• Paul Byrd

What is Systematic Theology?

Theology is the study of God, but if we place the word “systematic” in front of it, what does that mean? As we read the Word of God, the sixty-six books were all written by different authors and in distinctive styles: Narrative, poetry, epistles, proverbs, chronicles and more. Every one of these are full of the truth of God and his doctrines, attributes, promises, covenants, and law. Although each of us have the ability through years of dedicated study to mine these truths from the scripture, luckily for us, there were those who came before that dedicated their lives to the study and mined out these truths and doctrines for us. They “systematized” their theology into an outline (for lack of a better term) of scriptural doctrine.

Although there are many “-ology”s out there, the six main divisions found in nearly every systematic theology are:

· The doctrine of God (Theology Proper)

· The doctrine of man (Anthropology)

· The doctrine of Christ (Christology)

· The doctrine of applied salvation (Soteriology)

· The doctrine of the church (Ecclesiology)

· The doctrine of the last things (Eschatology)

In any systematic theology worth its salt, these topics and more will be discussed at length from every point of view, full of historical and biblical references. It is from these studies that the churches and denominations derive their dogma. In the 17th, 18th, and 19th centuries, the title “systematic theology” was replaced by the title “dogmatics” in many works; however, to some it seemed a bit presumptuous to be writing the belief system of a church rather than simply a study of the doctrines of the Scripture.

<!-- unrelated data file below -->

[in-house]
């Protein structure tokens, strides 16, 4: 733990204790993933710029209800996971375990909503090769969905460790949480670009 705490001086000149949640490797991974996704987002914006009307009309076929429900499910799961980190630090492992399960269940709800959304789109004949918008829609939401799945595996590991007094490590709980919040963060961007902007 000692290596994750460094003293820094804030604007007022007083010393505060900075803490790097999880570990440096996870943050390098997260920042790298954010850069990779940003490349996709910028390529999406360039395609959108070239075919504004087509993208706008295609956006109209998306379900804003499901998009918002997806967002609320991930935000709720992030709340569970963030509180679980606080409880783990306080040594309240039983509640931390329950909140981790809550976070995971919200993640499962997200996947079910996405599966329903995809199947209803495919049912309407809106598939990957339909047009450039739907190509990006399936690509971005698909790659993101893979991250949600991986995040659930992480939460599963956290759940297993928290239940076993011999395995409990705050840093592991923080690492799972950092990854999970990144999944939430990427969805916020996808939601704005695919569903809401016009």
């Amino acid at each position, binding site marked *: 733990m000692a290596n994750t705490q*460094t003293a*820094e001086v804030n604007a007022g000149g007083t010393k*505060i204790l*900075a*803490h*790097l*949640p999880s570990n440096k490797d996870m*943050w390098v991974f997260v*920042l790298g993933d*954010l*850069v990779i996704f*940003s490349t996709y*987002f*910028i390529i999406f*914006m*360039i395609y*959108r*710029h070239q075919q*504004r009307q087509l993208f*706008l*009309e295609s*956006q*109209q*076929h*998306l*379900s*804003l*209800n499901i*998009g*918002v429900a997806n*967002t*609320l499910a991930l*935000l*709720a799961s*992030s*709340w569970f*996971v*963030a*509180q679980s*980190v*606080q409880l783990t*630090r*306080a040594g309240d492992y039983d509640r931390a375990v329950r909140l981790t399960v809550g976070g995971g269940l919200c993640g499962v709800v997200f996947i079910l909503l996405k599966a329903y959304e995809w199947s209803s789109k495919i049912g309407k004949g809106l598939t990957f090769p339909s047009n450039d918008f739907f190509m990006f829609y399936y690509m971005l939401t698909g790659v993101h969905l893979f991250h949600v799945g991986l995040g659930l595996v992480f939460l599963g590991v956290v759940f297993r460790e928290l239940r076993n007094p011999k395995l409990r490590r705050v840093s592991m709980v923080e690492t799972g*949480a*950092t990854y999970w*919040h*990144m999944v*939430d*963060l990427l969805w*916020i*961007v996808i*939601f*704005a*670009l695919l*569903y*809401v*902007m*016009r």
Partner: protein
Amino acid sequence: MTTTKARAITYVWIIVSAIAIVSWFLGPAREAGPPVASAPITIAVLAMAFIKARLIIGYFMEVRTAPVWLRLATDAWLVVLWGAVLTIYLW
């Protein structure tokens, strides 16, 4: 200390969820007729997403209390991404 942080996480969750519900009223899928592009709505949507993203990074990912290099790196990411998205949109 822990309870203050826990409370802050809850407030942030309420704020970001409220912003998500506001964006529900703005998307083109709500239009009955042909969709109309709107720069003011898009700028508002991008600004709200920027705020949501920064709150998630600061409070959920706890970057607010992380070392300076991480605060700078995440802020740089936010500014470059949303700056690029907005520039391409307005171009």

There are other types (or “categories”) of theology out there - Biblical theology, historic theology, and practical theology. Some add even more to this list that get specific to a particular view, but these four categories ross all boundaries, no matter what your religion or belief system.

If you are wanting to investigate systematic theology and read a good one, the magnum opus of the Protestant Church was written by John Calvin in 1536, called “The Institutes of the Christian Religion”. For a modern systematic theology with centuries of references, Louis Berkhof's “Systematic Theology” has been used for years as the standard of Reformed systematic theology in seminaries across the US.


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